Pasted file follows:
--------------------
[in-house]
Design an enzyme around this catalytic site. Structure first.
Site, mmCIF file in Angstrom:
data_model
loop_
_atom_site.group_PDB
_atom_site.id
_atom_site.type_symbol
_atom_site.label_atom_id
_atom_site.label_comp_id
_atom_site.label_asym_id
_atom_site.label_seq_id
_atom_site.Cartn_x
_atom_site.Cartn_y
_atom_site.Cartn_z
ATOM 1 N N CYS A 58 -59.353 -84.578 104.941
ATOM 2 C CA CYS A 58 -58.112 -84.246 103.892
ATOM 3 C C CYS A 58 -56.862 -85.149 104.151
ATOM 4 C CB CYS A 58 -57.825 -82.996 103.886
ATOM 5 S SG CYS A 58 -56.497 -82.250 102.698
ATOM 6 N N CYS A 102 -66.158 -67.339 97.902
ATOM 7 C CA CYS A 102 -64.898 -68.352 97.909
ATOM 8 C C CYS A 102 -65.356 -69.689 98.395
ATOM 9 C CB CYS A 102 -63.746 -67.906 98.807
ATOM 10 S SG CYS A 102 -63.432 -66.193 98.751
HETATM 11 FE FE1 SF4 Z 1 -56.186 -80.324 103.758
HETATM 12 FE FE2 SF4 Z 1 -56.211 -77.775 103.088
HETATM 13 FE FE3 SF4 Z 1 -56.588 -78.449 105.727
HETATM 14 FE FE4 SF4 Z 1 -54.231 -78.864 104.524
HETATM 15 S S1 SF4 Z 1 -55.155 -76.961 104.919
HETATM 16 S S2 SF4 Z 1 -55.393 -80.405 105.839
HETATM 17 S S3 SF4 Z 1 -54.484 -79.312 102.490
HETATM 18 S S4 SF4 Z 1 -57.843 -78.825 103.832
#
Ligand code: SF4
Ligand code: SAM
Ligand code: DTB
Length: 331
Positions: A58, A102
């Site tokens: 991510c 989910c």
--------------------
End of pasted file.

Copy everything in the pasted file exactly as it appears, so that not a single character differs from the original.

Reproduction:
[in-house]
Design an enzyme around this catalytic site. Structure first.
Site, mmCIF file in Angstrom:
data_model
loop_
_atom_site.group_PDB
_atom_site.id
_atom_site.type_symbol
_atom_site.label_atom_id
_atom_site.label_comp_id
_atom_site.label_asym_id
_atom_site.label_seq_id
_atom_site.Cartn_x
_atom_site.Cartn_y
_atom_site.Cartn_z
ATOM 1 N N CYS A 58 -59.353 -84.578 104.941
ATOM 2 C CA CYS A 58 -58.112 -84.246 103.892
ATOM 3 C C CYS A 58 -56.862 -85.149 104.151
ATOM 4 C CB CYS A 58 -57.825 -82.996 103.886
ATOM 5 S SG CYS A 58 -56.497 -82.250 102.698
ATOM 6 N N CYS A 102 -66.158 -67.339 97.902
ATOM 7 C CA CYS A 102 -64.898 -68.352 97.909
ATOM 8 C C CYS A 102 -65.356 -69.689 98.395
ATOM 9 C CB CYS A 102 -63.746 -67.906 98.807
ATOM 10 S SG CYS A 102 -63.432 -66.193 98.751
HETATM 11 FE FE1 SF4 Z 1 -56.186 -80.324 103.758
HETATM 12 FE FE2 SF4 Z 1 -56.211 -77.775 103.088
HETATM 13 FE FE3 SF4 Z 1 -56.588 -78.449 105.727
HETATM 14 FE FE4 SF4 Z 1 -54.231 -78.864 104.524
HETATM 15 S S1 SF4 Z 1 -55.155 -76.961 104.919
HETATM 16 S S2 SF4 Z 1 -55.393 -80.405 105.839
HETATM 17 S S3 SF4 Z 1 -54.484 -79.312 102.490
HETATM 18 S S4 SF4 Z 1 -57.843 -78.825 103.832
#
Ligand code: SF4
Ligand code: SAM
Ligand code: DTB
Length: 331
Positions: A58, A102
């Site tokens: 991510c 989910c």